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Artist:Bartholomeus van der Helst (Dutch, Haarlem, born ca. 1612–15, died 1670 Amsterdam)
Medium:Oil on canvas
Dimensions:54 1/2 x 43 3/4 in. (138.4 x 111.1 cm)
Credit Line:Purchase, 1873
In style and execution this painting is a typical work of Van der Helst’s mature years, and it is reliably signed and dated 1662. The woman tunes a theorbo-lute, and a viola da gamba lies in front of her. Printed music in tenor and soprano parts rests on a carpet-covered table nearby. By her direct gaze, the woman seems to address a male viewer, inviting him to take up the gamba and join her in a duet.
Although usually treated in later scholarly literature as a genre scene, Liedtke (2009) raises the possibility that it may be a portrait of the artist's wife, Anna du Pire.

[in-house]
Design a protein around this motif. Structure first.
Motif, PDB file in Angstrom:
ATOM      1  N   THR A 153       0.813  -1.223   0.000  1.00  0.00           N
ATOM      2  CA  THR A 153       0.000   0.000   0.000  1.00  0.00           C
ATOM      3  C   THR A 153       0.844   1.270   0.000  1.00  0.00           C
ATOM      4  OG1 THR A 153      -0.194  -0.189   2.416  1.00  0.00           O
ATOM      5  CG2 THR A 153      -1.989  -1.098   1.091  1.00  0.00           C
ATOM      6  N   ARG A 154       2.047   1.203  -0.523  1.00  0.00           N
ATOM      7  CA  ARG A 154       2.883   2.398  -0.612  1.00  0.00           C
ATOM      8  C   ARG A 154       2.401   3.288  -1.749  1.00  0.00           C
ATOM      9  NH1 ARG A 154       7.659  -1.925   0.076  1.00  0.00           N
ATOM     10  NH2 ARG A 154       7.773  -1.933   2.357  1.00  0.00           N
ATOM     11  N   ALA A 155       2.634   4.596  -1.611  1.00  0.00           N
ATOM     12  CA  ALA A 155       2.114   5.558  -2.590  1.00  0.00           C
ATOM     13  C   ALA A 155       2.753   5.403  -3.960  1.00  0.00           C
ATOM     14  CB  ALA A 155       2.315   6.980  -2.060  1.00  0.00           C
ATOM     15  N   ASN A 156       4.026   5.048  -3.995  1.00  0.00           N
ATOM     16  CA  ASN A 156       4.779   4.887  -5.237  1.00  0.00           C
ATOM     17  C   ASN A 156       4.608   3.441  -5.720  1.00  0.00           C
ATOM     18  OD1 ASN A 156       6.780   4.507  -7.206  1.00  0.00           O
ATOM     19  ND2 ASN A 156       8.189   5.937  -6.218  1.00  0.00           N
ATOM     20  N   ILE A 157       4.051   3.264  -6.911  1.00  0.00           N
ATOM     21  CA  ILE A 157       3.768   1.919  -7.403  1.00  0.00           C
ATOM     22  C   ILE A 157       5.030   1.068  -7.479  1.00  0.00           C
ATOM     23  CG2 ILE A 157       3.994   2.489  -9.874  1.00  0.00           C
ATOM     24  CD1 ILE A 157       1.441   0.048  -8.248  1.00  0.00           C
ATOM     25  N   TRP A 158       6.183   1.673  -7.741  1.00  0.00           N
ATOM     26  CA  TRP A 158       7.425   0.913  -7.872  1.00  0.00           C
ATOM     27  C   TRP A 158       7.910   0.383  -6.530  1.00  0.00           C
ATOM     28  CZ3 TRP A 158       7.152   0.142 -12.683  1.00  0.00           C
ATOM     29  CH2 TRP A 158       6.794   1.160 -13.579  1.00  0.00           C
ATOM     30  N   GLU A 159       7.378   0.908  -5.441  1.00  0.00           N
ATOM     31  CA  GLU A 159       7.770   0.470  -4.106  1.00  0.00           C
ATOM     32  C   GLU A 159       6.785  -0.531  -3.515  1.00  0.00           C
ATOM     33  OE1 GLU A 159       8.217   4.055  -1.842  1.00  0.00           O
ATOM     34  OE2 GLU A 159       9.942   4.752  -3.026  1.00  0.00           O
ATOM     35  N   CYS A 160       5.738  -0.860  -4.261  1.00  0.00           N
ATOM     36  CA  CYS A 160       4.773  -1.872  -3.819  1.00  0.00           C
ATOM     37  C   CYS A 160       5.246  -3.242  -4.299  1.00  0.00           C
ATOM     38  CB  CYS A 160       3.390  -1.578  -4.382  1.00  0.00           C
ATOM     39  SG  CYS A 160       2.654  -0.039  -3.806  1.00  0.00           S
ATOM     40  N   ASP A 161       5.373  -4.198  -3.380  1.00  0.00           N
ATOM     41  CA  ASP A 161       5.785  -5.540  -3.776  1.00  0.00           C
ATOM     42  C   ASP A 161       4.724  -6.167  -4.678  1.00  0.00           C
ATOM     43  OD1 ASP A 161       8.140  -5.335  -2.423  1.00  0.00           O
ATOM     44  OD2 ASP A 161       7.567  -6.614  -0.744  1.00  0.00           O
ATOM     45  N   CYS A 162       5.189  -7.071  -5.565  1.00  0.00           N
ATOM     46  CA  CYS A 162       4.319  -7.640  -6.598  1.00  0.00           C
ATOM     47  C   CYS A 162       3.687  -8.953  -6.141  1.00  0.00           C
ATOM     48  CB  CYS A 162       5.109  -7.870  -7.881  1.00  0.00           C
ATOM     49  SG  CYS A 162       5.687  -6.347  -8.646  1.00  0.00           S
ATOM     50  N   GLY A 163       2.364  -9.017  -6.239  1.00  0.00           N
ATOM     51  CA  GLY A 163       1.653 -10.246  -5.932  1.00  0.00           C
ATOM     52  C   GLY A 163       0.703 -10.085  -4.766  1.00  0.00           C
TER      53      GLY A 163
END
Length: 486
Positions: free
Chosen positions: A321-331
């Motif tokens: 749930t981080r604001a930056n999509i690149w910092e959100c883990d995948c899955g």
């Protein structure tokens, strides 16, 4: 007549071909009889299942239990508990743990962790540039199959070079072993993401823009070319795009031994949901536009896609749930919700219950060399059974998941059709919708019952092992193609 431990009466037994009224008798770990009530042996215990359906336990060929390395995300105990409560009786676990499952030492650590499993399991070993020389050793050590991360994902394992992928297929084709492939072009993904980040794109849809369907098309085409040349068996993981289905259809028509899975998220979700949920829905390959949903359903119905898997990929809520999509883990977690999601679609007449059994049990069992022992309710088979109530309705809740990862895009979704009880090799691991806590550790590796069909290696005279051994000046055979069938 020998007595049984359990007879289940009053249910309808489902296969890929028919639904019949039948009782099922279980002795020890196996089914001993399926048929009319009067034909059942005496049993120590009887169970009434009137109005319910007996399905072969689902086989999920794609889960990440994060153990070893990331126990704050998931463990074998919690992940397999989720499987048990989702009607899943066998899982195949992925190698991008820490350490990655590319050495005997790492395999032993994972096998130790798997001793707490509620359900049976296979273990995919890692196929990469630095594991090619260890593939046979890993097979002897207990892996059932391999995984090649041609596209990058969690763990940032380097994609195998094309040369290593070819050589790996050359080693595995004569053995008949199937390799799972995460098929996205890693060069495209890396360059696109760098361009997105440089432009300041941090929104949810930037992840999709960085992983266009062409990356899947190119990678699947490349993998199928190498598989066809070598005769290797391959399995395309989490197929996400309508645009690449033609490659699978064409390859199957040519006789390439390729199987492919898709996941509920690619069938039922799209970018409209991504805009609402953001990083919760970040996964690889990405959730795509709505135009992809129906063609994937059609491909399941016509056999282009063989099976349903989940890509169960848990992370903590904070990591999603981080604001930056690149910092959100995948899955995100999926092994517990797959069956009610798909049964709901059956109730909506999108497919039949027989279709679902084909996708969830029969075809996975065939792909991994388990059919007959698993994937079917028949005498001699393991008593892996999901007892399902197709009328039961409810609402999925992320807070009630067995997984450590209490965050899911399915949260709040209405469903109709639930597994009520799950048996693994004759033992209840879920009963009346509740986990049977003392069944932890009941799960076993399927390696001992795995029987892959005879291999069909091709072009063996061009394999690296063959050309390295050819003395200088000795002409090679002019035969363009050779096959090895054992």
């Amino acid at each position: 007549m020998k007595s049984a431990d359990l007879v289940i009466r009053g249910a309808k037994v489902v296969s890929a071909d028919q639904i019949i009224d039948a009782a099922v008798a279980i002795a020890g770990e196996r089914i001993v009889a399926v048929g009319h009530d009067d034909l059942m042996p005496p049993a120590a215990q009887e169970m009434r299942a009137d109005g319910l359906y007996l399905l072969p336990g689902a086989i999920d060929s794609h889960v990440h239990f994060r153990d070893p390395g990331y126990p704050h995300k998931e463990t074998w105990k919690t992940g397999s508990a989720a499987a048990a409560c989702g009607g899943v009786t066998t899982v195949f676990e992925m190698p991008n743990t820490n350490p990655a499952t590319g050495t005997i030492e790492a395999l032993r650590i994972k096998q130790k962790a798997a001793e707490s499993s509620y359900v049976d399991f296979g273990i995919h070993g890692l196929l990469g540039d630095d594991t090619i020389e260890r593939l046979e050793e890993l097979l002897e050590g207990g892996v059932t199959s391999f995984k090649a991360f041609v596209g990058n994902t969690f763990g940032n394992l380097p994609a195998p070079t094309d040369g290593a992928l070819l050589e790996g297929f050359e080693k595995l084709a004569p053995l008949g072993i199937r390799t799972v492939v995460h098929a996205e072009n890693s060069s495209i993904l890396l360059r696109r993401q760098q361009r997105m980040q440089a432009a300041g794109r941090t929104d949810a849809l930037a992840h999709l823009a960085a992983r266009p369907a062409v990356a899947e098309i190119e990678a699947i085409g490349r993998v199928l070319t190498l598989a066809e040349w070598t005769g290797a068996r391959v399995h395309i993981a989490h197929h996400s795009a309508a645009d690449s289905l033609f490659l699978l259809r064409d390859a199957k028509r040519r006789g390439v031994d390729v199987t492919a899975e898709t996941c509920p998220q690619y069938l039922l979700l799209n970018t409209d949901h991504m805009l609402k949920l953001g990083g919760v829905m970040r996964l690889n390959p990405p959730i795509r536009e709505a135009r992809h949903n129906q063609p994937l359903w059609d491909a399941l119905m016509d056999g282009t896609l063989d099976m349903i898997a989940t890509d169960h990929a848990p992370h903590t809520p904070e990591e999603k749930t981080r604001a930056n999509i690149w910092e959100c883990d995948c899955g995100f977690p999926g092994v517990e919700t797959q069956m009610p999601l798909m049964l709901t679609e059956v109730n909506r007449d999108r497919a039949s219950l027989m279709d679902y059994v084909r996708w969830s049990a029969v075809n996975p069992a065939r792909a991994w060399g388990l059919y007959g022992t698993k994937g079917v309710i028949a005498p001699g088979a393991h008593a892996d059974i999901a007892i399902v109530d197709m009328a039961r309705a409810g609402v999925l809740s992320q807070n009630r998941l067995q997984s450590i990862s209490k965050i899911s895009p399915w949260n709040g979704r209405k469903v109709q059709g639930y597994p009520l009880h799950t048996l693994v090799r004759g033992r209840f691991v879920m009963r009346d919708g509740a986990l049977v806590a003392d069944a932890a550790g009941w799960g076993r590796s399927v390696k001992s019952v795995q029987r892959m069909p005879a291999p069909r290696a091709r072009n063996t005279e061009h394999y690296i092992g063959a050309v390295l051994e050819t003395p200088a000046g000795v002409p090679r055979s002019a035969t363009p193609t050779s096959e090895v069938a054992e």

The composition was etched by Jules Jacquemart (see Decamps 1872).
[2010; adapted from Liedtke 2007]
Support and Preparation: The painting is on canvas, probably made from a bast fiber such as linen. The canvas is primed with a red/brown ground layer, primarily composed of earth pigments, which fills the weave of the canvas. On top of this initial layer, a warm gray priming was applied (see fig. 1 above). Arching radio-opaque bands visible in the x-radiograph appear to relate to this second layer and indicate that this lead-white rich paint was applied with a palette knife or spatula rather than a brush (fig. 2).
Paint Layers: Examination of paint samples in cross section suggests Van der Helst first laid out the composition on top of the warm-gray priming using thin paint layers that range in color from brown to red (figs. 1, 3, and 4). This step, commonly referred to as undermodeling, is generally concealed by the upper paint layers, but it remains partially visible in certain areas. For instance, in the figure’s blue garment the red undermodeling imparts a purplish tinge, especially in the shadows.